Turning a bathroom from a water guzzler to a water saver

Turning a bathroom from a water guzzler to a water saver

Until recently, we all thought the warning about water scarcity was a myth that some misguided environmentalists peddled to disrupt our routine idyllic lives. “Who are these lunatics who want to project themselves as superheroes on a mission to save the human race from an impending apocalypse?” we flippantly dismissed them.

It is only recently, when drought conditions have hit hard, Cape Town, that we have been jolted from our slumber. Now, we have realized that water is an invaluable resource that needs good husbandry, if we are to enjoy its benefits into the foreseeable future.

Doubtless, given the predicament we are in, everybody can do their bit. Who knows the difference the bit can make?

Starting from with the bathroom

It may seem incredible that the seemingly inconsequential task of renovating the bathroom can reduce your water bill and play a bit in managing the depleting water resources. Construction Review refers to expert views to compile some of the most practical ways to reduce wasteful water consumption in the bathroom. Ringing a few water-efficient changes in the bathroom can make a big difference. The idea is to rein in on water guzzlers.

Substantial financial upside

Raymond Oliver of sanitary-ware and tile manufacturer, Roca, says that, just upgrading to a more water-efficient toilet can save an average family up to 41 500 litres of water per year. “In fact, contrary to what many people think, implementing water efficient measures does not cost an arm and a leg, when long-term benefits are factored in,” he adds.

“Up-fitting your faucets, fixtures and toilets to more efficient and eco-friendly options can be one of the most frugal updates you can make to your home, but one with serious financial up sides – with regards to savings on utility bills, as well as increasing the resale of your home,” he affirms.

Water-efficient options

Sustainable Build, a UK-based green building research entity that focuses on green building practices, has compiled interesting options that can be explored.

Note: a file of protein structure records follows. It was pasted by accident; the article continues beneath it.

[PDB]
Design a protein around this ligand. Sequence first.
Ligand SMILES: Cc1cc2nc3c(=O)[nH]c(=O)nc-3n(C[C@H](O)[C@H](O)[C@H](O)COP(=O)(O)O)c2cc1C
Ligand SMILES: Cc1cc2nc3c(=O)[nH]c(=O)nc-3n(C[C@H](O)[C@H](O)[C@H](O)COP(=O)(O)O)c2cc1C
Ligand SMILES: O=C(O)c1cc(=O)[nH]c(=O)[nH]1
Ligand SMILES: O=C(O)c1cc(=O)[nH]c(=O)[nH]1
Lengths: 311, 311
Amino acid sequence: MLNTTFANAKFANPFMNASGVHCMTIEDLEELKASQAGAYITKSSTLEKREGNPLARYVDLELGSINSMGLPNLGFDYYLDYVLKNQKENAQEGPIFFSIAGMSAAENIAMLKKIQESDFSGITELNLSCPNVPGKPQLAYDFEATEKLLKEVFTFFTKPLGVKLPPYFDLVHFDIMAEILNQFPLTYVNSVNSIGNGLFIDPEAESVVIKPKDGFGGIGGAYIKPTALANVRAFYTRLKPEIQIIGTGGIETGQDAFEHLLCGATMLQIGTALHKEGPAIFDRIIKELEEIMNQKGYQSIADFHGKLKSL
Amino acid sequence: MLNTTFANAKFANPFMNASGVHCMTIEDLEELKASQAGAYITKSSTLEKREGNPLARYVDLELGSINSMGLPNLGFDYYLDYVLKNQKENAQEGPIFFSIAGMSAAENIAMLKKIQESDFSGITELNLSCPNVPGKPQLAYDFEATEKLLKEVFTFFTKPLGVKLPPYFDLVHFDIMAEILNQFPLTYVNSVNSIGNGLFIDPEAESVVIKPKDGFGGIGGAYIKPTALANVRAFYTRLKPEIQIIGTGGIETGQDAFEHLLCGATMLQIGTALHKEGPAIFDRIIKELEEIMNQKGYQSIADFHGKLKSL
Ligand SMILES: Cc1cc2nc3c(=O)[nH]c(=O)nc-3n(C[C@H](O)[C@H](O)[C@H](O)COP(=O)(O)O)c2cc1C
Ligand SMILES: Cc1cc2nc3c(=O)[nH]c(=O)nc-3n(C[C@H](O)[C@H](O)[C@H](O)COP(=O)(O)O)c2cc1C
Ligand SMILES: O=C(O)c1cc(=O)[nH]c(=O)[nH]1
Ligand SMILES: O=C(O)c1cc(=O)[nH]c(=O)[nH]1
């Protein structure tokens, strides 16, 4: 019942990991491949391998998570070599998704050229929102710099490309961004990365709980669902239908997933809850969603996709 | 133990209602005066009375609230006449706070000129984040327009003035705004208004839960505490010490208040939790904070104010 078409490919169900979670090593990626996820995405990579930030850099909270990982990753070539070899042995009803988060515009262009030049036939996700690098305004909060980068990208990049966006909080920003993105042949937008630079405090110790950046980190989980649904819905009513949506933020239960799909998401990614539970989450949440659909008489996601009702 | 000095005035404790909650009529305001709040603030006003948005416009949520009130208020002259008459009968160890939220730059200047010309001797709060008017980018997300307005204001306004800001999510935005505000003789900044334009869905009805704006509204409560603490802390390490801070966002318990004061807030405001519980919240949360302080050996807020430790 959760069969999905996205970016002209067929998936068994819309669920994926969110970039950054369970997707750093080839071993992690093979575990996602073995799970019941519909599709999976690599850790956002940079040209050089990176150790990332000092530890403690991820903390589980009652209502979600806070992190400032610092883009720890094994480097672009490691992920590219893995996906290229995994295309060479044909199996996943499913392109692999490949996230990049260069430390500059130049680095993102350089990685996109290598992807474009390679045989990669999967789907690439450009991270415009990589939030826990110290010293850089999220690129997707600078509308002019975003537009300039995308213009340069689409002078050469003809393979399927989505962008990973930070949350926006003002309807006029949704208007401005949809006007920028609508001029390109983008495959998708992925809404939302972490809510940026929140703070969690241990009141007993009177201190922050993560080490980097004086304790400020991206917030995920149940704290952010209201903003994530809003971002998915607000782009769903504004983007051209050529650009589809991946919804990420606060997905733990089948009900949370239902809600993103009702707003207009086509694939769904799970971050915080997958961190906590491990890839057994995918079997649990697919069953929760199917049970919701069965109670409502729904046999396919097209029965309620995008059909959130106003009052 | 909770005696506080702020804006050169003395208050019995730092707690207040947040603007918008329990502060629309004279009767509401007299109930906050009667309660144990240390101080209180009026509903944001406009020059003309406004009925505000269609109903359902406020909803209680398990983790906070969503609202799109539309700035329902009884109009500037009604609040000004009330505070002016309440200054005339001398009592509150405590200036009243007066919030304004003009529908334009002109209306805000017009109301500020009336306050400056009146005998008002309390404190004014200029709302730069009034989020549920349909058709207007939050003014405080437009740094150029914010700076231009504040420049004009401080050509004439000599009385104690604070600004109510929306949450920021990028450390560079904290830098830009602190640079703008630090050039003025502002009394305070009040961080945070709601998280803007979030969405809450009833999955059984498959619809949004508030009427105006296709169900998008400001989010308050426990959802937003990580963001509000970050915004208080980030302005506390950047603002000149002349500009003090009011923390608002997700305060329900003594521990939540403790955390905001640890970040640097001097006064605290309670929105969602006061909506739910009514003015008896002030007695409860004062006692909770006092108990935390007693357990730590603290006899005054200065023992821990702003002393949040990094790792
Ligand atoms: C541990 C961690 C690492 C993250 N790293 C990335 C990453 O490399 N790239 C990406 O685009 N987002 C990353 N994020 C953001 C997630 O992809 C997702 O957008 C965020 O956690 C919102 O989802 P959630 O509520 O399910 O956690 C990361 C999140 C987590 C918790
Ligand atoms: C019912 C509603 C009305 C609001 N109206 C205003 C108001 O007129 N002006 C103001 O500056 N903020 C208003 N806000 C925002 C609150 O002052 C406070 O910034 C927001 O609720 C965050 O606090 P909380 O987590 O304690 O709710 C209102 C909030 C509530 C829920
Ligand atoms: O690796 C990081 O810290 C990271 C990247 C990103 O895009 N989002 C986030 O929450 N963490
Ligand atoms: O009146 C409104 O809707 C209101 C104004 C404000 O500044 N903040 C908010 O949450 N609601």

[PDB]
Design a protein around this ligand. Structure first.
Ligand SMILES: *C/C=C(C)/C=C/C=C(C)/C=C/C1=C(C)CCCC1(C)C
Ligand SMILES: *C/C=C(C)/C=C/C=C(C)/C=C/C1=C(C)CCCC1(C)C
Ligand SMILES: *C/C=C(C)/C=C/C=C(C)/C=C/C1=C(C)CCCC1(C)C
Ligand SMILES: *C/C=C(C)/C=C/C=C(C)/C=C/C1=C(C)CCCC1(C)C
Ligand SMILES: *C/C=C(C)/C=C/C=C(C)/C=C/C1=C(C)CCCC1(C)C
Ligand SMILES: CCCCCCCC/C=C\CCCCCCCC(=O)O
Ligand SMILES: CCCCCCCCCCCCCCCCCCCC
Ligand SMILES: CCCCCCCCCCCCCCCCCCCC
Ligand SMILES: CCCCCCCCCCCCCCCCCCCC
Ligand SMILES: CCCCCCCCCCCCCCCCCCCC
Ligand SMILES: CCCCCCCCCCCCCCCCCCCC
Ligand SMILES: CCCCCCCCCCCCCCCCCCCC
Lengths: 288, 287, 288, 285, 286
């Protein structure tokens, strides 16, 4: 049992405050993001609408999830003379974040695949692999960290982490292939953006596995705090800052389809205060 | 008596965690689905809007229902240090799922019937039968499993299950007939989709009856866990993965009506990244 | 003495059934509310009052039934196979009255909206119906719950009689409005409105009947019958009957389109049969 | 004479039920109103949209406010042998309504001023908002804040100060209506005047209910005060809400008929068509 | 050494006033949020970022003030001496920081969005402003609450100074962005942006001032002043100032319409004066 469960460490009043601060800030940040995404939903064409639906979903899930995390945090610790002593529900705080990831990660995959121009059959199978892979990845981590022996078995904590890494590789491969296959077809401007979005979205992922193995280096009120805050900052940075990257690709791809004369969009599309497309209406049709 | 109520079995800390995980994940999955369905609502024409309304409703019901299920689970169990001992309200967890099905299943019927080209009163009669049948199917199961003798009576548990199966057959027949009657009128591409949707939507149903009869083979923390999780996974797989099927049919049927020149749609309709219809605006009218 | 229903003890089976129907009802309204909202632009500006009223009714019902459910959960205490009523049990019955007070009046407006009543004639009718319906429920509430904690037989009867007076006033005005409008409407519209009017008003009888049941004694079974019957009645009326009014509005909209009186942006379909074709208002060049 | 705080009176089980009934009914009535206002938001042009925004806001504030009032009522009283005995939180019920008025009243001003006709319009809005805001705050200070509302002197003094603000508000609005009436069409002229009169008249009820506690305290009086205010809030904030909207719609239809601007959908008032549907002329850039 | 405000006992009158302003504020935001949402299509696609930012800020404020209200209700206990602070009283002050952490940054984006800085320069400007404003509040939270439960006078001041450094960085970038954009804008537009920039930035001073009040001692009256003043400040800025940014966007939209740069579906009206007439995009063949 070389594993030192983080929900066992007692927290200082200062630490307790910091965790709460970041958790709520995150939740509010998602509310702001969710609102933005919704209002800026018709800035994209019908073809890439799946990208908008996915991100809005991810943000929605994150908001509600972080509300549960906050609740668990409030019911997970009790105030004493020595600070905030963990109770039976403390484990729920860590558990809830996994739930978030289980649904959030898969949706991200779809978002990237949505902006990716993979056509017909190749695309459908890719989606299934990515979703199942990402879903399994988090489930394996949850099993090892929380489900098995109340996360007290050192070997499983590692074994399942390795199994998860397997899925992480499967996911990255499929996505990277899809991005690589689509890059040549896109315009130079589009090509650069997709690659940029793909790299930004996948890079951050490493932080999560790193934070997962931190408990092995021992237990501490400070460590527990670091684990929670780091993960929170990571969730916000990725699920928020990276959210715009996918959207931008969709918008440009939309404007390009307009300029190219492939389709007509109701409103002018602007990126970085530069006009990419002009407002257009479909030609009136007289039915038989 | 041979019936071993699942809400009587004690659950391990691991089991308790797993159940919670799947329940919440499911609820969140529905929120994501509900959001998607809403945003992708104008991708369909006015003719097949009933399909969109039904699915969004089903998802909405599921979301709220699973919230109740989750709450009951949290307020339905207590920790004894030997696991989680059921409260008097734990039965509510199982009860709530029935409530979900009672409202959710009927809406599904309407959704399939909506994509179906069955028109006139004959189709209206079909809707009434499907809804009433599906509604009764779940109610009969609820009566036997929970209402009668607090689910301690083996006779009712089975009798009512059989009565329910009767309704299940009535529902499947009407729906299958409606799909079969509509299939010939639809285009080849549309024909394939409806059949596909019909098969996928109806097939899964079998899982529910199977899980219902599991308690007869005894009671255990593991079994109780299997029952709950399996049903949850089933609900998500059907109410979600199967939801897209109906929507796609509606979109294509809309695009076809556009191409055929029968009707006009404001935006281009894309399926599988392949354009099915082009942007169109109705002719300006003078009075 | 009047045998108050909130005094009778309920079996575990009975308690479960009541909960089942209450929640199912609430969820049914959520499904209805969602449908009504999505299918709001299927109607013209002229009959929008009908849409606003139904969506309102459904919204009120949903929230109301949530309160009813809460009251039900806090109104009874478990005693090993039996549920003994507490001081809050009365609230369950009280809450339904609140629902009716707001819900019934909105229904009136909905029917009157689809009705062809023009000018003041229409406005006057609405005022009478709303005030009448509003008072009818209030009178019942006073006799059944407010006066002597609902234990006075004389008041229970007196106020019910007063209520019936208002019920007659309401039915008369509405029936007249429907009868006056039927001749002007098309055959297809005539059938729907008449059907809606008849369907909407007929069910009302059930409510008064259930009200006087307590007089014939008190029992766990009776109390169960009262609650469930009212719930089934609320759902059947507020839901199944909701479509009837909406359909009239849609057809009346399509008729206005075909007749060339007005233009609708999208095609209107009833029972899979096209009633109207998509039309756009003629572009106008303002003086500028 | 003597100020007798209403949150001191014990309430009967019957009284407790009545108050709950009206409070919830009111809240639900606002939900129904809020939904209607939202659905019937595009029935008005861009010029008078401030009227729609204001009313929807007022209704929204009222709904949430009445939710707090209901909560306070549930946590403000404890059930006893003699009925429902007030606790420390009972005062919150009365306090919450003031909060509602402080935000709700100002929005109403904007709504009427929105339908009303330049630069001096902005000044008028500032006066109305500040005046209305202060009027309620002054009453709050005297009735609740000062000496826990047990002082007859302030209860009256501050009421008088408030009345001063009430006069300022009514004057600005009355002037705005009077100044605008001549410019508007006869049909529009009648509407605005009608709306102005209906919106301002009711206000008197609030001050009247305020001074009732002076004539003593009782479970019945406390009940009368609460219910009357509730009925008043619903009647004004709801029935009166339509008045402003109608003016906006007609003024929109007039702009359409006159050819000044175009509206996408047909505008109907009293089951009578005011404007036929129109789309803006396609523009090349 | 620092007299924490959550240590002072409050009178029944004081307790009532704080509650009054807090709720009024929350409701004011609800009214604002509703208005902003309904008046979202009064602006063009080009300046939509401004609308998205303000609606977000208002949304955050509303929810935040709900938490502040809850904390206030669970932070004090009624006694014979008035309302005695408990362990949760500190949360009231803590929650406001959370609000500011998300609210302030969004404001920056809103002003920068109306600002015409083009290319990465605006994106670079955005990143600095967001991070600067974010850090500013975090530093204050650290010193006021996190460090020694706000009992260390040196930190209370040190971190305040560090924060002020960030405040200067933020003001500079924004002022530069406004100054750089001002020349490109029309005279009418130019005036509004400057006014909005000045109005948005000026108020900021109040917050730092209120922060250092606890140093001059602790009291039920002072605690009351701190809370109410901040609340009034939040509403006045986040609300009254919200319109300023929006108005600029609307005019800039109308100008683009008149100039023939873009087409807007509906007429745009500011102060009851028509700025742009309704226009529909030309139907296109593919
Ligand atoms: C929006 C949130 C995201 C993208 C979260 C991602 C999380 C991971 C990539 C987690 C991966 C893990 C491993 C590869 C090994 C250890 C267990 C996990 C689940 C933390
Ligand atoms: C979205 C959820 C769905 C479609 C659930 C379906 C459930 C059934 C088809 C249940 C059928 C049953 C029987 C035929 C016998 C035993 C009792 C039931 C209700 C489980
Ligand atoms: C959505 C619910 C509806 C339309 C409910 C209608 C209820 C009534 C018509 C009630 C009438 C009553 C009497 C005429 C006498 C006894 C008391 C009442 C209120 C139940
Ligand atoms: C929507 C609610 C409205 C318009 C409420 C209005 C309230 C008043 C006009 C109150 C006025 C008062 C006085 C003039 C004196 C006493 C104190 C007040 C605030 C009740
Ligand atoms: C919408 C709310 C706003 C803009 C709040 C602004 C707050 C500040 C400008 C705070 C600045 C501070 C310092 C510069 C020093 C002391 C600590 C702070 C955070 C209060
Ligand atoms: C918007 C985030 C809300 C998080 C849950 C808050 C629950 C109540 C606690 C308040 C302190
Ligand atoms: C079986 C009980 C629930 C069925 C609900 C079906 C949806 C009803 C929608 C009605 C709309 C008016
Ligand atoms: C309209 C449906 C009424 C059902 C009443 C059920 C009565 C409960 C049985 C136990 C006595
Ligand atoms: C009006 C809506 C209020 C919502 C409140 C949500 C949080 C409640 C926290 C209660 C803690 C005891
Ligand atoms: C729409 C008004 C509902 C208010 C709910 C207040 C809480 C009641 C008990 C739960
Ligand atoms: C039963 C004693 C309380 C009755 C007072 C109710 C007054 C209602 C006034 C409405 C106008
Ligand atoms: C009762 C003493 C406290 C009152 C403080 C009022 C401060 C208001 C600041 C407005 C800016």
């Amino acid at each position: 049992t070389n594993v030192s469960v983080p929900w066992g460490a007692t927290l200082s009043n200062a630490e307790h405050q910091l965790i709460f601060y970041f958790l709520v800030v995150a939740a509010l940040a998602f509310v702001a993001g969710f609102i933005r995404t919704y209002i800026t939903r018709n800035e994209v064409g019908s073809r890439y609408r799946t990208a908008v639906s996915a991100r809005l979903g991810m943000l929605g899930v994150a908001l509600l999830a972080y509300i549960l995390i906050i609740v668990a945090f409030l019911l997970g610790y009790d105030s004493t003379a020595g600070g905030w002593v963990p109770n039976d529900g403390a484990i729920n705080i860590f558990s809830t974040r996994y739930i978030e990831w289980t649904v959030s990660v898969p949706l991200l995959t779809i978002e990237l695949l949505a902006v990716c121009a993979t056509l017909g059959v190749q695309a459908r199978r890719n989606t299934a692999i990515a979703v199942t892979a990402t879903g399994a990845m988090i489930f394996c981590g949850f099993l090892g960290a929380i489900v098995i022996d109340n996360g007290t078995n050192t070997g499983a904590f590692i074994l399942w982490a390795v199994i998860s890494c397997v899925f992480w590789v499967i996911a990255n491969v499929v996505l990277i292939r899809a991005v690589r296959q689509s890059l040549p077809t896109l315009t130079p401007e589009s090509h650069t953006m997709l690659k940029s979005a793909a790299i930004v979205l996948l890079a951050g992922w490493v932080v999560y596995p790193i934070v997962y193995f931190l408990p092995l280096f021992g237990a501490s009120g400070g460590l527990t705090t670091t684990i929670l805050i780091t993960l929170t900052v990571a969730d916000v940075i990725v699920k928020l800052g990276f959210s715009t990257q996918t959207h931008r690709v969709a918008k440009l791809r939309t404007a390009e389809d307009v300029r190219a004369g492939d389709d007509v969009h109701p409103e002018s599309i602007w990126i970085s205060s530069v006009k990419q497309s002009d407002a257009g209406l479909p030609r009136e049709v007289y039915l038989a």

• Older Toilets

Replacing an order toilet with a modern toilet can result in saving as much as two litres. New low-water toilets that use only two to four litres can be considered.  Moreover, Oliver proposes, fitting a water ‘hippo’ device to the cistern. The amount of space it uses cuts down on the amount of water that the cistern can hold so it reduces water use with every flush.

  • Water Saving Showerheads

You can replace your water-guzzling showers with water saving shower heads. Flow restrictors that aerate the water without compromising the feel of a sufficient flow are a standard.

If you need to install a new shower, you can go for an electric shower as it only heats the water it needs.

  • Choosing a new Bath

If you are replacing your bath, choose shapes that use a lot less water. However, the ‘economical’ shape in isolation won’t just suffice.  In actual fact, it requires the end-user’s discipline – don’t allow the bath to overfill.

  • Grey water system

Installing a grey water system enables water from the shower or bath to be re-used for toilet flushing.

  • Rainwater tank system

Installing a water tank system is another option that can be considered. Another option is a rainwater tank system which collects and filters rainwater to use in toilet flushing or for garden use.

  • Taps

Most people don’t understand that taps use huge volumes of water. In fact, taps are the biggest consumers of water second only to toilets. At full flow, a tap can use six litres of water every minute.

Alternatively, investing in eco-taps, which have a lower-flow, can cut water usage significantly. For instance, in new taps a gentle lift can cut water flow by 50%.

Overall, vitally, making a bathroom water-efficient can result in substantial savings in utility bills, in addition to ensuring that we continue accessing the precious water resource in the coming years.

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